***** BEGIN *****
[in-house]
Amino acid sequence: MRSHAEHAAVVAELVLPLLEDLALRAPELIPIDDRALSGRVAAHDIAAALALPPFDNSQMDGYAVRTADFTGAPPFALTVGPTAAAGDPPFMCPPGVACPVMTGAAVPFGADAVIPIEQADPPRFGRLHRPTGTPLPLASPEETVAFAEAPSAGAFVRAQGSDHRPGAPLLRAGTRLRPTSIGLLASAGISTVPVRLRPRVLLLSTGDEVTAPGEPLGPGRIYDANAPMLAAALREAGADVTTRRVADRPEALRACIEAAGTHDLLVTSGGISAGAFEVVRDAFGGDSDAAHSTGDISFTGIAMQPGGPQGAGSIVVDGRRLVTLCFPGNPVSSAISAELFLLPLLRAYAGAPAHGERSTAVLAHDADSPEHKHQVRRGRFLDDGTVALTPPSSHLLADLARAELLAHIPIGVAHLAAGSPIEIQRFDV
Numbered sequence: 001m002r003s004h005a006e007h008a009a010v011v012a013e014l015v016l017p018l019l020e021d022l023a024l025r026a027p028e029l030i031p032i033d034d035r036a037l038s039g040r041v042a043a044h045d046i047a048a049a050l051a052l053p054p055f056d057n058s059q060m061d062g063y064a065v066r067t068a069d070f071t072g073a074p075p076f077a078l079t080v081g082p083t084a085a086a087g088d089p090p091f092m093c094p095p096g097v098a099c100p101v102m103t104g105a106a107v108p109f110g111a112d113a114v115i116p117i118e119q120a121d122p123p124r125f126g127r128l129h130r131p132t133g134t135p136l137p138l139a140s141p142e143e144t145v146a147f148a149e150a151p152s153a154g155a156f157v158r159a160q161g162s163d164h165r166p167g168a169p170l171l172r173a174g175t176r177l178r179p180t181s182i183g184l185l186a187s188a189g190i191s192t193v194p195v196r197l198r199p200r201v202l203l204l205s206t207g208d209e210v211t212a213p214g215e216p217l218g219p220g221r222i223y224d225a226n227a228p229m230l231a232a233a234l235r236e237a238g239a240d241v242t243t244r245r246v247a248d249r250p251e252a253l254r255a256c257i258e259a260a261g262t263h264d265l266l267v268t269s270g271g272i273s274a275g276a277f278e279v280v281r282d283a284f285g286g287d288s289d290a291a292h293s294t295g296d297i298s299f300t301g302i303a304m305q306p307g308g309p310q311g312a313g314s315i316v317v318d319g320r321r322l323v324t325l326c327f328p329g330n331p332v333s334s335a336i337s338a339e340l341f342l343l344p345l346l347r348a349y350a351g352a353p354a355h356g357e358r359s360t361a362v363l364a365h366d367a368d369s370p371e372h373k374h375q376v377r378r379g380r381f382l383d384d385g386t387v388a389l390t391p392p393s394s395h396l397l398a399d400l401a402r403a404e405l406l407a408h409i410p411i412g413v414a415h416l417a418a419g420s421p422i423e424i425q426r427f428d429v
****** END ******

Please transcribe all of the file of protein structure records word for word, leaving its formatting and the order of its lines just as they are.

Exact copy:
[in-house]
Amino acid sequence: MRSHAEHAAVVAELVLPLLEDLALRAPELIPIDDRALSGRVAAHDIAAALALPPFDNSQMDGYAVRTADFTGAPPFALTVGPTAAAGDPPFMCPPGVACPVMTGAAVPFGADAVIPIEQADPPRFGRLHRPTGTPLPLASPEETVAFAEAPSAGAFVRAQGSDHRPGAPLLRAGTRLRPTSIGLLASAGISTVPVRLRPRVLLLSTGDEVTAPGEPLGPGRIYDANAPMLAAALREAGADVTTRRVADRPEALRACIEAAGTHDLLVTSGGISAGAFEVVRDAFGGDSDAAHSTGDISFTGIAMQPGGPQGAGSIVVDGRRLVTLCFPGNPVSSAISAELFLLPLLRAYAGAPAHGERSTAVLAHDADSPEHKHQVRRGRFLDDGTVALTPPSSHLLADLARAELLAHIPIGVAHLAAGSPIEIQRFDV
Numbered sequence: 001m002r003s004h005a006e007h008a009a010v011v012a013e014l015v016l017p018l019l020e021d022l023a024l025r026a027p028e029l030i031p032i033d034d035r036a037l038s039g040r041v042a043a044h045d046i047a048a049a050l051a052l053p054p055f056d057n058s059q060m061d062g063y064a065v066r067t068a069d070f071t072g073a074p075p076f077a078l079t080v081g082p083t084a085a086a087g088d089p090p091f092m093c094p095p096g097v098a099c100p101v102m103t104g105a106a107v108p109f110g111a112d113a114v115i116p117i118e119q120a121d122p123p124r125f126g127r128l129h130r131p132t133g134t135p136l137p138l139a140s141p142e143e144t145v146a147f148a149e150a151p152s153a154g155a156f157v158r159a160q161g162s163d164h165r166p167g168a169p170l171l172r173a174g175t176r177l178r179p180t181s182i183g184l185l186a187s188a189g190i191s192t193v194p195v196r197l198r199p200r201v202l203l204l205s206t207g208d209e210v211t212a213p214g215e216p217l218g219p220g221r222i223y224d225a226n227a228p229m230l231a232a233a234l235r236e237a238g239a240d241v242t243t244r245r246v247a248d249r250p251e252a253l254r255a256c257i258e259a260a261g262t263h264d265l266l267v268t269s270g271g272i273s274a275g276a277f278e279v280v281r282d283a284f285g286g287d288s289d290a291a292h293s294t295g296d297i298s299f300t301g302i303a304m305q306p307g308g309p310q311g312a313g314s315i316v317v318d319g320r321r322l323v324t325l326c327f328p329g330n331p332v333s334s335a336i337s338a339e340l341f342l343l344p345l346l347r348a349y350a351g352a353p354a355h356g357e358r359s360t361a362v363l364a365h366d367a368d369s370p371e372h373k374h375q376v377r378r379g380r381f382l383d384d385g386t387v388a389l390t391p392p393s394s395h396l397l398a399d400l401a402r403a404e405l406l407a408h409i410p411i412g413v414a415h416l417a418a419g420s421p422i423e424i425q426r427f428d429v